Diners will once again get an opportunity to eat at some of the Miami Valley’s best restaurants at affordable prices, while helping to support local charity’s during Restaurant Week July 24 – 31. More than 60 restaurants will be offering multi-course prix fixe menus at either $20.11, $25.11 or $30.11.
DaytonDinings Tips: Make reservations when possible
This multi-tiered pricing is a new twist from the traditional $20 and change (based on the year) format that had been used since the introduction of Restaurant Week in 2005. This past winter the Miami Valley Restaurant Association (MVRA) raised the price to $25.11 and according to several restaurateurs guests had a mixed reaction to the price increase. So as a compromise this time around, restaurants will pick the price point they feel is best for them and guests can choose based on menu’s, many of which can be found on the MVRA site.
Upon perusing the menu’s on the site it’s easy to get overwhelmed by the array of choices. Some eateries like Benhams and Sidebar are offering meals at several price points. Others will be offering dinner for 2 at the pre-set prices like Dublin Pub and Hickory River Smokhouse, offering meals for 2 at $20.11, Chappy’s Tap Room & Grill, Pepito’s & Spinoza’s meal deals are 2 for $25.11 and Kabuki will feed 2 for $30.11. Based on the menu’s currently posted, it looks like only Fleming’s and The Melting Pot are offering a dinner for one for $30.11
Many restaurants are closed on Sun &/or Monday- check first
Traditionally Restaurant Week has kicked off on Sunday and ended on Friday. This summer’s promotion has been extended to run Sunday through Sunday. But take notice – not all restaurants are participating in the extended days, according to the MVRA website. And keep your eye out, several restaurants often carry over the dining deals for a second week.
No matter where you chose to dine, part of the package includes a donation to charity partners. $1 of each meal will be shared by Hope Blooms, MVRA Scholarship Fund, Icky Woods Foundation, Clothes That Work. With restaurant week occurring twice a year, 14 weeks of donations have amounted to over $100,000 in n support of local nonprofits.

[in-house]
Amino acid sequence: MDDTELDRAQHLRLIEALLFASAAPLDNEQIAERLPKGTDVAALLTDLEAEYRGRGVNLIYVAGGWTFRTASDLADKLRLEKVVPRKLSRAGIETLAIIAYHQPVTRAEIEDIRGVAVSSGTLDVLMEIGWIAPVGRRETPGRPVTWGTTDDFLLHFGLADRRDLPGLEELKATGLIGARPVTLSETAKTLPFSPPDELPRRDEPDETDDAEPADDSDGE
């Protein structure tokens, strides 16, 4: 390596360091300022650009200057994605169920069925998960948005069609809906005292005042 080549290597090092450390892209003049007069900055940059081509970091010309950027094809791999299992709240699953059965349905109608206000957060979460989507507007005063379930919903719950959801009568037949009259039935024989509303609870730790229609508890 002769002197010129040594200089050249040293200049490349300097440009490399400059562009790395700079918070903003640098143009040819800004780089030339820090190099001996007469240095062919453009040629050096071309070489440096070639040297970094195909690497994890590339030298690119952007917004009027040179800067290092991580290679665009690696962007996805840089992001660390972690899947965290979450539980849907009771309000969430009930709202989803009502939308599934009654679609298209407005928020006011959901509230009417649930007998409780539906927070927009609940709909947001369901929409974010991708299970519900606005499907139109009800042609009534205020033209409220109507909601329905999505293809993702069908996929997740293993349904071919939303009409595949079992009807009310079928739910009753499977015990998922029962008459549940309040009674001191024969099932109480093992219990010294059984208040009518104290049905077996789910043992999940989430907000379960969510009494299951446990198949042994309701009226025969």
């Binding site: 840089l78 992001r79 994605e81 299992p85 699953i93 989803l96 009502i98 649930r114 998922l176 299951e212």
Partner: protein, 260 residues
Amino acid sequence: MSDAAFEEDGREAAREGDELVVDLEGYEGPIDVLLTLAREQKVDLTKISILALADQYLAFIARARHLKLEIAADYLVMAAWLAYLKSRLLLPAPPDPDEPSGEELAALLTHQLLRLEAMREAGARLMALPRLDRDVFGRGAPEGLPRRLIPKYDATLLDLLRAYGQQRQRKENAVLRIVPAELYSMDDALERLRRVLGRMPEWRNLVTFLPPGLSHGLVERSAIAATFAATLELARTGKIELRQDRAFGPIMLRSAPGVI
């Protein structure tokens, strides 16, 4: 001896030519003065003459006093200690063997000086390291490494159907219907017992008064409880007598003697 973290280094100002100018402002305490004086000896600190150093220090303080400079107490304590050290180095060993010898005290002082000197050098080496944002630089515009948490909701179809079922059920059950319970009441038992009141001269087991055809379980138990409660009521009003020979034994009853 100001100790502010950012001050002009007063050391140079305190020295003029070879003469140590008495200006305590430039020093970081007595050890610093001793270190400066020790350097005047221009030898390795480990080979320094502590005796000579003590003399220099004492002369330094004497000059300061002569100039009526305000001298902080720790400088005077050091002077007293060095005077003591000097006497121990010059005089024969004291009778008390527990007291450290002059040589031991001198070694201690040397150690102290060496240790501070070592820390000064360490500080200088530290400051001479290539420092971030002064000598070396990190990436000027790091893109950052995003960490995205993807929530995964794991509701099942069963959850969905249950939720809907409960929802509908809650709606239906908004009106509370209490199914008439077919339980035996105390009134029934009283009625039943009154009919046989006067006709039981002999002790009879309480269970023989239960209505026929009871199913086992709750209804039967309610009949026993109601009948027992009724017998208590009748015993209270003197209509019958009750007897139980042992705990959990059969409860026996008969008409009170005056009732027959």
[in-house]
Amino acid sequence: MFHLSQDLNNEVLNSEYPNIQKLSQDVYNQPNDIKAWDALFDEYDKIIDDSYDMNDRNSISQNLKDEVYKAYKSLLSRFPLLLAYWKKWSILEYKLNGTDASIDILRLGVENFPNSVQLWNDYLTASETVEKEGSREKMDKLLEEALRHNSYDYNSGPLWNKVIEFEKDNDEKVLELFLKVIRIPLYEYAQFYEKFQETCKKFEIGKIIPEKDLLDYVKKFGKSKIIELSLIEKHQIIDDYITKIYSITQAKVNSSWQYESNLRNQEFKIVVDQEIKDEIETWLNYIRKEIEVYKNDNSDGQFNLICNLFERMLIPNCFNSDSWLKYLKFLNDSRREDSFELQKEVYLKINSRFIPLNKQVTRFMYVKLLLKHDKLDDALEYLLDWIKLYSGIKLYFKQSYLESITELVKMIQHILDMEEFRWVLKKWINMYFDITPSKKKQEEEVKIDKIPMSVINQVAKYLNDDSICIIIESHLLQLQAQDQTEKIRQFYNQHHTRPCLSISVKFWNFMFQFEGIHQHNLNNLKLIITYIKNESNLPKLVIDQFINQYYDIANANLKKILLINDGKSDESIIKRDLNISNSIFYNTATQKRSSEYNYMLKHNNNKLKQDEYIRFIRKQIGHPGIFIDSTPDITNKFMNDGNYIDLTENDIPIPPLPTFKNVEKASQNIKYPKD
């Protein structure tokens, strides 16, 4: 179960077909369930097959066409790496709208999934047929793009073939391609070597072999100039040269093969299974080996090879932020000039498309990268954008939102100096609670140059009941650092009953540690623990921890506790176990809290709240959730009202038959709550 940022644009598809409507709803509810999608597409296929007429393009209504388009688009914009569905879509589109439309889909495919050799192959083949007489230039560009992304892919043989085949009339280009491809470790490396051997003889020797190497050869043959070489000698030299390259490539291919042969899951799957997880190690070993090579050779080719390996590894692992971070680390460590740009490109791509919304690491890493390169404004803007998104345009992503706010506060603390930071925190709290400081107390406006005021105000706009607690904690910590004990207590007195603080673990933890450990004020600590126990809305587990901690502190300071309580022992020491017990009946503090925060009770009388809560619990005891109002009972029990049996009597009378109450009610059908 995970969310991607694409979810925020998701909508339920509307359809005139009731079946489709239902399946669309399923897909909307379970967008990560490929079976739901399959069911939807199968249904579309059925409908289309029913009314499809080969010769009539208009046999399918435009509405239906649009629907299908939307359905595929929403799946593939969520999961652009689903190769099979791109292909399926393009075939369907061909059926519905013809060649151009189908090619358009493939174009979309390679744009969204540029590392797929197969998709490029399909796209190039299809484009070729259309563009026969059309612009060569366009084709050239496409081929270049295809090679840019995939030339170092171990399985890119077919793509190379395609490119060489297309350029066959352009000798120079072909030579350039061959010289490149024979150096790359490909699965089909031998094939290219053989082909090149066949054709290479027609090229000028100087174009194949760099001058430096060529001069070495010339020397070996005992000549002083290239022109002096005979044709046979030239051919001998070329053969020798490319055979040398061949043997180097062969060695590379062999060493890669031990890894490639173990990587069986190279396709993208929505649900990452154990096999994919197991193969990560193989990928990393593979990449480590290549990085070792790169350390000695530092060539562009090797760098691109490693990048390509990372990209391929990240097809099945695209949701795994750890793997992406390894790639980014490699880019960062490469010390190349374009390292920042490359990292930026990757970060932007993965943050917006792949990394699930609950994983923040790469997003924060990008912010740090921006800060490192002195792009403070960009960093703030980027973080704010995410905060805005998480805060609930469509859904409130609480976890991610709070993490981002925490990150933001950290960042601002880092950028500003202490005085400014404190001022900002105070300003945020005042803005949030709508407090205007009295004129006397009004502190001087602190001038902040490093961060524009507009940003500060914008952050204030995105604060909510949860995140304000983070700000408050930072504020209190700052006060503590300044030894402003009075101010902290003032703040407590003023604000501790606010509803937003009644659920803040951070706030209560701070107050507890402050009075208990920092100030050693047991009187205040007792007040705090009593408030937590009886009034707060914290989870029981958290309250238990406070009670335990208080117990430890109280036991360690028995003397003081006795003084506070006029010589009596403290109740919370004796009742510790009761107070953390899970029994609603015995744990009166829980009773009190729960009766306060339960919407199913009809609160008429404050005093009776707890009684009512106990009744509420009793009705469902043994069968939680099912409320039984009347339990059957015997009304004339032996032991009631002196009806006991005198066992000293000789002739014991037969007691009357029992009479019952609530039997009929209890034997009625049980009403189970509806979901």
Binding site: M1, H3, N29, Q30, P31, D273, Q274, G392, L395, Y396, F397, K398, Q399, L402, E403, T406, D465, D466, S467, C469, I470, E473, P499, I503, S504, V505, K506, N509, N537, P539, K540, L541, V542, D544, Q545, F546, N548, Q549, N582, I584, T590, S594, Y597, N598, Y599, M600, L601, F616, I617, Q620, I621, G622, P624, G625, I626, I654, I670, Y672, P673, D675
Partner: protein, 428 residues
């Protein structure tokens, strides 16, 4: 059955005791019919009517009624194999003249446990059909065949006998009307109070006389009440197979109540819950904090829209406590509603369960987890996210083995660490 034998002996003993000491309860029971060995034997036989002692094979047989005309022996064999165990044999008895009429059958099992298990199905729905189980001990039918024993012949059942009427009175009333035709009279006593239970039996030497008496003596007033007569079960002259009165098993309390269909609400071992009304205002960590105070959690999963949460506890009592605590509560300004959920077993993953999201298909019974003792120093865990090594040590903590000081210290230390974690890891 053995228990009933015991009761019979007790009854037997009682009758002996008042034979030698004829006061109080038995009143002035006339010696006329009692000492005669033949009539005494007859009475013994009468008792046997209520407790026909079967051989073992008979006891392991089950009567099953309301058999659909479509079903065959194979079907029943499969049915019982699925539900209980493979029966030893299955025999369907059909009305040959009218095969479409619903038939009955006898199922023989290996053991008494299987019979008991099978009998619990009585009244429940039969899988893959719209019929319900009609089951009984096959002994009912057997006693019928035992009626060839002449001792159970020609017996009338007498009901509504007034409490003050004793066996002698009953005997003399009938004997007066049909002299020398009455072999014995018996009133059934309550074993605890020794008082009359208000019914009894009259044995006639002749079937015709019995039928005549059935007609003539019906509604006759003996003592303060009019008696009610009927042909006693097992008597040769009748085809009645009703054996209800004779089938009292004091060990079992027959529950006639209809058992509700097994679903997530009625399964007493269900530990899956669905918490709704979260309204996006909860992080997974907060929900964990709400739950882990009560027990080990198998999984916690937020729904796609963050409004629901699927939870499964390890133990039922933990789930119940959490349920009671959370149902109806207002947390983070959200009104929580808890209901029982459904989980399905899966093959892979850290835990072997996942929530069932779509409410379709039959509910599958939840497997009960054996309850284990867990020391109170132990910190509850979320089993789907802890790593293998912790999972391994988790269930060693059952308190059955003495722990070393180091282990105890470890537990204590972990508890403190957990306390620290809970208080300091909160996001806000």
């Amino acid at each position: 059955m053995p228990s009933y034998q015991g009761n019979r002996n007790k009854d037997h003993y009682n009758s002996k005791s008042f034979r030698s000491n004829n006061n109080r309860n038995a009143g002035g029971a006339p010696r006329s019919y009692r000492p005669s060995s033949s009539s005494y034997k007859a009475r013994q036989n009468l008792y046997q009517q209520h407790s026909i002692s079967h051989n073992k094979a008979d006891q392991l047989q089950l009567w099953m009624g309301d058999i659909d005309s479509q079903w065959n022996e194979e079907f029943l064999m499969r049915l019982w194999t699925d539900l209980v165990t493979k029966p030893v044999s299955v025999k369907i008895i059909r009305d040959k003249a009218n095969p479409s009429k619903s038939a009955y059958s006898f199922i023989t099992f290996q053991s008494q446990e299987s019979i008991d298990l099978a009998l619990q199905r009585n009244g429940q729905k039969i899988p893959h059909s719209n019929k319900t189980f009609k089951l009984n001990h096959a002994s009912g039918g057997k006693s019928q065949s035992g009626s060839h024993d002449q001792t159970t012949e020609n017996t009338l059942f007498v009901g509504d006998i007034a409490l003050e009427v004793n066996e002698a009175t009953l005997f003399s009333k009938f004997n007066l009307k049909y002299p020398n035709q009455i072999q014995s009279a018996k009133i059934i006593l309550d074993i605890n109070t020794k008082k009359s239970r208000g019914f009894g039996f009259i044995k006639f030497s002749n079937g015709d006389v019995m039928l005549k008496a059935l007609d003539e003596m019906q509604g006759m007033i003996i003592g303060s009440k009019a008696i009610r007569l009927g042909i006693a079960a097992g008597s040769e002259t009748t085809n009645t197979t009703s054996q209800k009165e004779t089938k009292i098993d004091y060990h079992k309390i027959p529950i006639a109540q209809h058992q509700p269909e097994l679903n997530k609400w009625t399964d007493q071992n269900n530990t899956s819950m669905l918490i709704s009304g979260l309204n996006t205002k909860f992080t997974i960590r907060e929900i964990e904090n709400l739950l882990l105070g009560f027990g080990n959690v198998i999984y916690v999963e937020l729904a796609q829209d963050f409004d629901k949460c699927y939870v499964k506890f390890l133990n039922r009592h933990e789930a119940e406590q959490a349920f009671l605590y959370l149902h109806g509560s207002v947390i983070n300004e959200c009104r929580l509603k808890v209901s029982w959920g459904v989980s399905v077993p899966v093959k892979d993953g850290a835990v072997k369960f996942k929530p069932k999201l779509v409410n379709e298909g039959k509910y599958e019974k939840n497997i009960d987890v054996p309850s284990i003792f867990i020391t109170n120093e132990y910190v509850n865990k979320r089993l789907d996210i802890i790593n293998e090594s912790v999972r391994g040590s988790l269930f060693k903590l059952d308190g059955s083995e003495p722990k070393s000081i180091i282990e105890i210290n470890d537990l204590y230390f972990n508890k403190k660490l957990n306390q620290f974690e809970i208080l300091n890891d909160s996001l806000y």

While saving on your meal- splurge on wine to compliment your meal
Many people have a love/hate relationship with Restaurant Week. Before I go any further, I should admit that I was the President of the Restaurant Association when this promotion was launched and I am quite proud of the impact it’s had on our community. But I know folks that dine out regularly and avoid this week due to the crowd, while appreciating the volume it creates for our local businesses. I also have a group of friends that can’t wait for the menu’s to be posted so they can plan their eating extravaganzas.
Restaurant staff also have mixed feelings about this promotion. Most appreciate that they will be busy all week, but I’ve heard bartenders complain that while the servers and cooks are busy, that guests aren’t buying anything but the dining deal and therefore they don’t make much money. As a former restaurateur, I know that those who embrace this promotion as a marketing opportunity are the ones that get the most from it. Owver/Chef Wiley at Meadowlark has been a great example from the very beginning. She involved her staff, planned creative meals and promoted the menu’s ahead of time to her regular guests and even poured wine for waiting guests. Savona got creative pairing value wines with each course.
Menu offerings can change – be flexible
I too, have things I dislike about this week. Like restaurants that sign up for the promotion, but don’t get buy in from their staff. I’ve been to several places that print a special Restaurant Week menu on an insert and the guests get seated without the promo menu. Whether intentional or an oversight, I’ve then heard guests questioning whether the restaurant is participating or that they don’t see the $20.11 meal. Restaurants please don’t make it hard for guests to partake. The MVRA also promotes a contest offering guests a chance to win gift certificates for filling out a comment card, but many restaurants don’t pass them out- so be sure and ask your server for yours and your meal deal can really pay off if you win!
If you do go out for these dining deals, please keep in mind that for many places, this is the busiest week of the year for them and that can mean longer waits, frazzled staff and sometimes running out of the advertised items. Be patient and please remember to share the savings you got on your meal when you tip. Happy dining!